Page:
The Goodwill Ambassador's travels take him to Brazil, Russia and the Ukraine. He also greets a visitor to Japan.
|With American Leprosy Missions President and CEO Bill Simmons|
On June 15 I welcomed visiting American Leprosy Missions President and CEO Bill Simmons to The Nippon Foundation. Mr. Simmons took up his post last year after two decades in management. He spent his teen years in Zaire (now DR Congo), where his parents worked as medical missionaries.
Like Mr. Simmons, I had a business background when I started my involvement in leprosy work some 40 years ago. I told him that the new perspective he brings would be very welcome.
His reaction on first learning that the number of new cases of leprosy had fallen below 300,000 was, "That's still a big number." His desire to do something about it was one reason why he joined ALM.
"I don't come from a medical field," he told me, "but I believe we can bring about an end to the disease. Some people may question that, but I believe we can do it."
He went on to say that he didn't intend to keep his organization alive beyond its stated purpose. "Leprosy is our focus, and when leprosy ceases to exist, we will cease to exist," he said. "I want to be the leader of one of the few NGOs to close the door when the job is done."
I told Mr. Simmons that his arrival on the scene was like "a fresh wind." I look forward to collaborating with him to achieve our common goal of a world without leprosy.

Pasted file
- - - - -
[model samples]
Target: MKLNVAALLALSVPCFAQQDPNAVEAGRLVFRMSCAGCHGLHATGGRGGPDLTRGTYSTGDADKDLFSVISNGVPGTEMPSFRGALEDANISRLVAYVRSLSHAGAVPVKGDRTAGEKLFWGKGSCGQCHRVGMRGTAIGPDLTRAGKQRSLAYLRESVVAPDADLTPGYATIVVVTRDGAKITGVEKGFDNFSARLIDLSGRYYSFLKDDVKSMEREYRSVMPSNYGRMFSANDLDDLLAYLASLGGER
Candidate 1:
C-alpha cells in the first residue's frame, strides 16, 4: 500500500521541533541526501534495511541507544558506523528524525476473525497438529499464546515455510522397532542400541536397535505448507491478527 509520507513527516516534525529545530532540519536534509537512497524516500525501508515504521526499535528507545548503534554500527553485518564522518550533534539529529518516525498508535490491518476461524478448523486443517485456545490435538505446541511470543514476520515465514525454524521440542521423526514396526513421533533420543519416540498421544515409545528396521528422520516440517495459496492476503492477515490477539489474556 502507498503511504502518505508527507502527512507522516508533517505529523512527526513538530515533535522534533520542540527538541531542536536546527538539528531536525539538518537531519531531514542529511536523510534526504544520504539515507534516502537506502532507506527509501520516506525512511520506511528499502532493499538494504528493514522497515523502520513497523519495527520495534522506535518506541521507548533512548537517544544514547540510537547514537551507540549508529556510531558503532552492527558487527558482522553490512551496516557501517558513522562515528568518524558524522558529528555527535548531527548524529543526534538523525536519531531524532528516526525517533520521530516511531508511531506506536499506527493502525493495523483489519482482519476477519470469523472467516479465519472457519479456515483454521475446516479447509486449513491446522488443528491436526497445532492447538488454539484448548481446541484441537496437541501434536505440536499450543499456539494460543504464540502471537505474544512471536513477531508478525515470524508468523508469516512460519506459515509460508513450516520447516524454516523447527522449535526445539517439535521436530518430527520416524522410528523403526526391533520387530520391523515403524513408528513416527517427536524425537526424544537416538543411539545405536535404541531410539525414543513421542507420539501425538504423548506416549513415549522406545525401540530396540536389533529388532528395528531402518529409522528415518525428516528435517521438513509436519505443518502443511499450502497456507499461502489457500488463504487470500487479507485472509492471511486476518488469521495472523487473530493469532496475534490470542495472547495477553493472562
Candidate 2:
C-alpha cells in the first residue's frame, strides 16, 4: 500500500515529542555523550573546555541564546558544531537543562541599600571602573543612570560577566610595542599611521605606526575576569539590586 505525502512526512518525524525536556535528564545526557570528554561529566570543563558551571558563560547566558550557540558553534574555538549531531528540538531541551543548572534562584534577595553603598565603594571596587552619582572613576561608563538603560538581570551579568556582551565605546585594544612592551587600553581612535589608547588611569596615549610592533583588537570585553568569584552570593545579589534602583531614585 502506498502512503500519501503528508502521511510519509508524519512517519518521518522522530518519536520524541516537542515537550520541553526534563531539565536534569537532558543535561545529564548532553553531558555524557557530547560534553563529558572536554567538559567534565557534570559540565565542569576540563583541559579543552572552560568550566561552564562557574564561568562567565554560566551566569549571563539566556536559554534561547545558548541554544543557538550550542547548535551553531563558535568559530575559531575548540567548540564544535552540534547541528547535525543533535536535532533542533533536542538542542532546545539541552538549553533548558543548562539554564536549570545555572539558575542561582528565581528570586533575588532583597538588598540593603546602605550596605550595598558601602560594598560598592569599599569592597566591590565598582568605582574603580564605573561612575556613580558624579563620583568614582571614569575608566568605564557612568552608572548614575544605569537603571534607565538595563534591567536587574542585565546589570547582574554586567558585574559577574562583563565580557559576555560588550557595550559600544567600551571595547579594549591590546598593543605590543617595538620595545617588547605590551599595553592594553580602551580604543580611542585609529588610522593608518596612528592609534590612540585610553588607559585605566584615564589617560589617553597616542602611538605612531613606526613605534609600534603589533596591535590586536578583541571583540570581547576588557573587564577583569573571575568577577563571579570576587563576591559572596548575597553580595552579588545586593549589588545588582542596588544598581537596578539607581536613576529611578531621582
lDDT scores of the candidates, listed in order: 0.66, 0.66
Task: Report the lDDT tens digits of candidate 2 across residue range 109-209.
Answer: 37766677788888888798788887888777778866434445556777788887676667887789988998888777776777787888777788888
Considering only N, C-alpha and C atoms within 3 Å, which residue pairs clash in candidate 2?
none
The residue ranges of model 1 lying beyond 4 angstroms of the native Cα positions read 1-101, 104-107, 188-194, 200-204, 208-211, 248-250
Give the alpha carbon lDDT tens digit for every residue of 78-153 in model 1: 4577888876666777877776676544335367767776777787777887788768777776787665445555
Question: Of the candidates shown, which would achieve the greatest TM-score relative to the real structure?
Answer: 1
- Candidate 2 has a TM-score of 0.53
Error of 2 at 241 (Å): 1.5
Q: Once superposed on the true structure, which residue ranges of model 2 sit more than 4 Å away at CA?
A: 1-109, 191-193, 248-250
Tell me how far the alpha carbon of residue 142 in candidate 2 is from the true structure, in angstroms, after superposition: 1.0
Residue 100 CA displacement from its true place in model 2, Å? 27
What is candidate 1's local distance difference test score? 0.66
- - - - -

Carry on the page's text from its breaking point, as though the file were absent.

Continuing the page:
|With MORHAN in Brazil; law student Thiago is at far left|
The Rio+20 U.N. Conference on Sustainable Development took place in Rio de Janeiro in June. I attended in my capacity as chairman of The Nippon Foundation, which is committed to securing the future of the world's oceans. During my brief stay in Rio, I arranged meetings with Artur Custodio, the national coordinator of the Movement to Reintegrate People Affected by Hansen's Disease (MORHAN), and with Brazil's Health Minister, Dr. Alexandre Padilha.
Since its founding, MORHAN has worked very hard to fight against leprosy, to educate the community about the disease and to end stigma and discrimination. Through its efforts, it has secured compensation for those who spent years isolated in hospital-colonies. More recently, it has been pursuing redress for the "second generation" - children separated at birth from parents with the disease. Artur introduced me to Thiago, a law student and a member of this second generation, who is writing a thesis on the subject.
I am impressed by the way that MORHAN is evolving and bringing new people into its ranks. It doesn't always have an easy relationship with the government - "we are social activists," says Artur - yet despite the occasional conflict, the two sides have built up a close connection based on trust. Indeed, I can think of few civil society organizations that have the ear of government in quite the way MORHAN does.
Symbolic of their working relationship, Artur was present at my meeting with Dr. Padilha the next day. The minister assured me that Brazil remains focused on eliminating leprosy as a public health problem by 2015, plans to expand education about leprosy in schools and is pushing for early detection of the disease.